It is therefore important to understand that your first priority to lay sustainable building blocks that will at the very least guarantee that you achieve financial wellness is to do a critical assessment of your belief systems, Click here to take the test. Your answers will force you to explore why your thought pattern is so and if it is really serving you now. From here, we can almost guarantee that you will begin to see the financial traumas and how it has impacted you. You may want to speak to a Personal Finance Coach to help you bring clarity to your diagnostics result and design a solution that will help you heal, recover mentally and financially.
What are the Signs of Financial Trauma?
The way we interact with money, our ability to create, manage and multiply wealth is all centered around understanding and recognizing our own behaviors on a deeper level. Understanding the ‘why’ might be the eye opener or catalyst to our financial issues.
- Do you have negative thoughts around money?
- Do you overly stress whenever you have to go out because you have a morbid fear of spending money?
- Do you feel the need to overspend or have a compulsive need to always spend money?
- Financial avoidance – avoiding all conversations around finance.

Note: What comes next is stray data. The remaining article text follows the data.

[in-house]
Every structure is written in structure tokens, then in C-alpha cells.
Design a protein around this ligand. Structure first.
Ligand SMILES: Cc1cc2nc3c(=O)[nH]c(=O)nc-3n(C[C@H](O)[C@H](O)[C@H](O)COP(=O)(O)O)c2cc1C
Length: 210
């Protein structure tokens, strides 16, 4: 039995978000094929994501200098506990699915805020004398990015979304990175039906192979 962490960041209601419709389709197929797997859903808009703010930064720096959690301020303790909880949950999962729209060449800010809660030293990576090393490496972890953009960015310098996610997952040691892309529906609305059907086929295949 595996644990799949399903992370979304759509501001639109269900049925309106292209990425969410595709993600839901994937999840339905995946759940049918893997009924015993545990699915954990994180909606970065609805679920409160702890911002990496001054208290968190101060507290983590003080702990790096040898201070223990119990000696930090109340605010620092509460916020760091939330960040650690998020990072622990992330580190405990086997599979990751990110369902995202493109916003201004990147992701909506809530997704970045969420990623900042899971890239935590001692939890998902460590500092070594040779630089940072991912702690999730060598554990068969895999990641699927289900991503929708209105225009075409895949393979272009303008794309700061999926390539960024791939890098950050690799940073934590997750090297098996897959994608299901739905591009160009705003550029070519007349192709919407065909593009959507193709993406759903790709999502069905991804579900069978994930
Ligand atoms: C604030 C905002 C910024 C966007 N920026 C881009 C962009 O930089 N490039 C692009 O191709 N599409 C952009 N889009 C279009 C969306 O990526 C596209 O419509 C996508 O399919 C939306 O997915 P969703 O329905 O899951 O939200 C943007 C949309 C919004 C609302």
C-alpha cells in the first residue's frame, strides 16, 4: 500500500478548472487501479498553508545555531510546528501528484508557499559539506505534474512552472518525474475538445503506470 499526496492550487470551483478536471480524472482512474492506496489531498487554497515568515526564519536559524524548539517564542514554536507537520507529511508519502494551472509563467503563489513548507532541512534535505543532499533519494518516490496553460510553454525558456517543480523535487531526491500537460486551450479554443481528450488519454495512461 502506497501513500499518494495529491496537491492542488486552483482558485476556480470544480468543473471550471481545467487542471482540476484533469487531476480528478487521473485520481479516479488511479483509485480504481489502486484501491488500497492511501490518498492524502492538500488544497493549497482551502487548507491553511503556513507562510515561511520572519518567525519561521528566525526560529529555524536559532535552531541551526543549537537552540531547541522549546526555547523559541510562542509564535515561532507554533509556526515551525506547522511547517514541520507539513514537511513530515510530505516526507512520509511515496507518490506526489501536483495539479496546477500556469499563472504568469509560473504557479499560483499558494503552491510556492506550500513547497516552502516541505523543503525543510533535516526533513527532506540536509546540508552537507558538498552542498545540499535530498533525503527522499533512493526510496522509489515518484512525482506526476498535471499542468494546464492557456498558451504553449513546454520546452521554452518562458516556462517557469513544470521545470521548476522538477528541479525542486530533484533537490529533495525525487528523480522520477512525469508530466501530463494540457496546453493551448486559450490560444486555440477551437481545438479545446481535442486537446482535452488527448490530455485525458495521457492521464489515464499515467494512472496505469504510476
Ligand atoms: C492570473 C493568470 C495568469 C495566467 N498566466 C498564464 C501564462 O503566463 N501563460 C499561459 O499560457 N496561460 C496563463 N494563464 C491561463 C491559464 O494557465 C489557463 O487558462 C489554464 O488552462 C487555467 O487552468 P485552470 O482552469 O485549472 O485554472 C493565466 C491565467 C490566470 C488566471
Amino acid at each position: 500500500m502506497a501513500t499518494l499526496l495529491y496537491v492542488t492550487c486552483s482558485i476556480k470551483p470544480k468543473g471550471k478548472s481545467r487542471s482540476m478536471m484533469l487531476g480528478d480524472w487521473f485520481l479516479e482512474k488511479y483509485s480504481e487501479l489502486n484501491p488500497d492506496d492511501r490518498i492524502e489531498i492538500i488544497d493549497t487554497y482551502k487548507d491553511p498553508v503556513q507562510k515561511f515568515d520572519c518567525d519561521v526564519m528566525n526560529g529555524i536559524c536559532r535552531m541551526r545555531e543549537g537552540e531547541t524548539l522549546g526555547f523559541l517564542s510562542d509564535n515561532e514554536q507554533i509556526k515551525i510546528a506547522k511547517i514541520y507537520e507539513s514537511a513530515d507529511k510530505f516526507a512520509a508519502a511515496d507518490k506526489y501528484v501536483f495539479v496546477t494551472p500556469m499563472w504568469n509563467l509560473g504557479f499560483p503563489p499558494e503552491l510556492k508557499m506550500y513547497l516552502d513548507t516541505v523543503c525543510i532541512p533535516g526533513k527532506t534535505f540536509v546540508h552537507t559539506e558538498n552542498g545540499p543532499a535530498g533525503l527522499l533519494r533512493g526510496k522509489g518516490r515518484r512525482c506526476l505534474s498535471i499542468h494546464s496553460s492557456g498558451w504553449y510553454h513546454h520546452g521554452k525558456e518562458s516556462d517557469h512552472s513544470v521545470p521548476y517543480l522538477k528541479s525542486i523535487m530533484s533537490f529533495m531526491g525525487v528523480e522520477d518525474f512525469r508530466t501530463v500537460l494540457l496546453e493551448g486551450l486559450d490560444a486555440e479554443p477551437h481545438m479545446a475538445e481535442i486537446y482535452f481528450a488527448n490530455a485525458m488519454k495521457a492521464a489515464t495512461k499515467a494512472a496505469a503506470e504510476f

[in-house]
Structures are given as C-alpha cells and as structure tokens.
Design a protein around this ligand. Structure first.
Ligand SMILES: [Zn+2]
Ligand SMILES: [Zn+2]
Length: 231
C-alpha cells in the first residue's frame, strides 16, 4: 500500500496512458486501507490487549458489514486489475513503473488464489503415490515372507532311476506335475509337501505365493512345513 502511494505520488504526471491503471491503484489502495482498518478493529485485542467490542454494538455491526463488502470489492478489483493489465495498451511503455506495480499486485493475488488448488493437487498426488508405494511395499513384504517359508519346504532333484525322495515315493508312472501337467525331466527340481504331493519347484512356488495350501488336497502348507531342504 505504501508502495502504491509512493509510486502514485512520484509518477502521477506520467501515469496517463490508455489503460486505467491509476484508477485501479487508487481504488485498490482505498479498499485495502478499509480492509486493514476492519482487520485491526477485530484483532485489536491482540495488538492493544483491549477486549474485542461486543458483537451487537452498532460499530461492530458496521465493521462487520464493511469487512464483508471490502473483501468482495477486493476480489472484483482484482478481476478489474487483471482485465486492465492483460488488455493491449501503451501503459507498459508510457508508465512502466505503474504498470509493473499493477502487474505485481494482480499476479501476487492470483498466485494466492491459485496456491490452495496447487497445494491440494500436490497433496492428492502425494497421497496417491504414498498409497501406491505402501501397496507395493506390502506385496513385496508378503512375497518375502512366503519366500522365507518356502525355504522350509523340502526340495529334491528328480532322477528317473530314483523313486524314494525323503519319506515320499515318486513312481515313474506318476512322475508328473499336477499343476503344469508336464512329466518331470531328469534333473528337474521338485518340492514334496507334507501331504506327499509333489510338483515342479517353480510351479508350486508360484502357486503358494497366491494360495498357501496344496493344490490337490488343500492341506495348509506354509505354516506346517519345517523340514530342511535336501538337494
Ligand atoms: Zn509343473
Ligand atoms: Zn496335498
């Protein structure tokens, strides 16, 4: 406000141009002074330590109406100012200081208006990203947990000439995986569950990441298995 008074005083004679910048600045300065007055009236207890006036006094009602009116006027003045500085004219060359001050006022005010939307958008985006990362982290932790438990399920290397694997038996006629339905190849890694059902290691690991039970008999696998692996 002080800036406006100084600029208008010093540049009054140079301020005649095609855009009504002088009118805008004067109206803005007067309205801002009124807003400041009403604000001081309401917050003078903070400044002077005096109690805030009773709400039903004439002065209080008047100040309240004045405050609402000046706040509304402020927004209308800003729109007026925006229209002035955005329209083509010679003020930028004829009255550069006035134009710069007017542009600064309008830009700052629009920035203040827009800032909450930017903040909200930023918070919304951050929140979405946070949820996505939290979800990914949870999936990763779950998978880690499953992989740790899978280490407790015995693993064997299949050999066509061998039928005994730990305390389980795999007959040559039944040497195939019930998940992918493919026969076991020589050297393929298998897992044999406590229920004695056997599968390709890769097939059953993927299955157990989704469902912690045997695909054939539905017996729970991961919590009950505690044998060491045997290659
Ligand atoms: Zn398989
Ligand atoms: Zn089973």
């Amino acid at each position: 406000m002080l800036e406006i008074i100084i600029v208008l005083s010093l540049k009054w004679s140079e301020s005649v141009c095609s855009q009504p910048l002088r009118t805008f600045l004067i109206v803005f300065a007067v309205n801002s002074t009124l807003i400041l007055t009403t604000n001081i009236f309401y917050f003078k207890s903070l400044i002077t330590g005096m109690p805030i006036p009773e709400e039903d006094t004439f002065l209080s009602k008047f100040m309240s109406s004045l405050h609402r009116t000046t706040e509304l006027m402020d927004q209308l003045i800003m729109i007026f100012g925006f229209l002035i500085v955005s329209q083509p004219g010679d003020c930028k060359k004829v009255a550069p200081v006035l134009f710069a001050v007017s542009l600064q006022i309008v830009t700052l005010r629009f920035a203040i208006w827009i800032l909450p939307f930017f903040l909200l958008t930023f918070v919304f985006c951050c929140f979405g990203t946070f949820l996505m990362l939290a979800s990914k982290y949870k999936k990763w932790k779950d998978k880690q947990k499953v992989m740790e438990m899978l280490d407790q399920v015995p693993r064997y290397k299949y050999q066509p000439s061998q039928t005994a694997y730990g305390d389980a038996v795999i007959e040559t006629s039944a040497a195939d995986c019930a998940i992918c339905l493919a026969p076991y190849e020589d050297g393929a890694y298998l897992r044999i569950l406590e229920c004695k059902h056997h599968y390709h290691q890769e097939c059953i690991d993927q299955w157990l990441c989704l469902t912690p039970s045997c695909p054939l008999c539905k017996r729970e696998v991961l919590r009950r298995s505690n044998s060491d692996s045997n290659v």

- Do you underspend even when the money is available – are you an excessively risk averse?
- Do you have issues with setting boundaries around your finances? – under-earning, under-charging, not making clear terms of payment on contracts etc.
If you experience any of these symptoms, not to worry you have done half the work and it is not a death sentence. Now, you need to be intentional about how you want to address these issues. We definitely cannot address what we cannot identify. Here are some quick tips on what you need to do;
- Journal your financial experiences. Sometimes, we are unable to identify the symptoms all at once – so every time you feel stressed especially when it relates to finance, try to capture the exact feeling, what triggered that feeling and all the emotions you experience when stressed (anger, frustration, sadness, depression, suicidal tendencies etc.)
- You may need to consider having a financial coach help you work through this journey. Sometimes, all we need to start a healthy lifestyle is accountability and the chance to unlearn bad habits.
- Define for yourself what is acceptable financial self-care. What are the activities or steps that may help you relieve whatever financial stress you may be feeling? Financial self-care may not necessarily mean indulgence, rather small practical steps that will ensure you do not traumatize yourself further.
- Financial planning is integral to achieving financial wellness. Part of dealing with trauma is being able to create a plan that can realistically address the issues arising from traumas. From understanding and writing down practical steps you need to take to make, manage and multiply money to imbibing values that liberate you from your financial traumas.
Financial traumas are very individualistic as we do not experience and understand money the same way. While we may have been victims of financial traumas, we can go on to seek healing from past traumas and also work at ensuring that we limit our exposures to future financial traumas.
You can check out our knowledge center for more on Personal Finance and Financial Wellness related content.
With love and wellness,
Proshare Foundation team.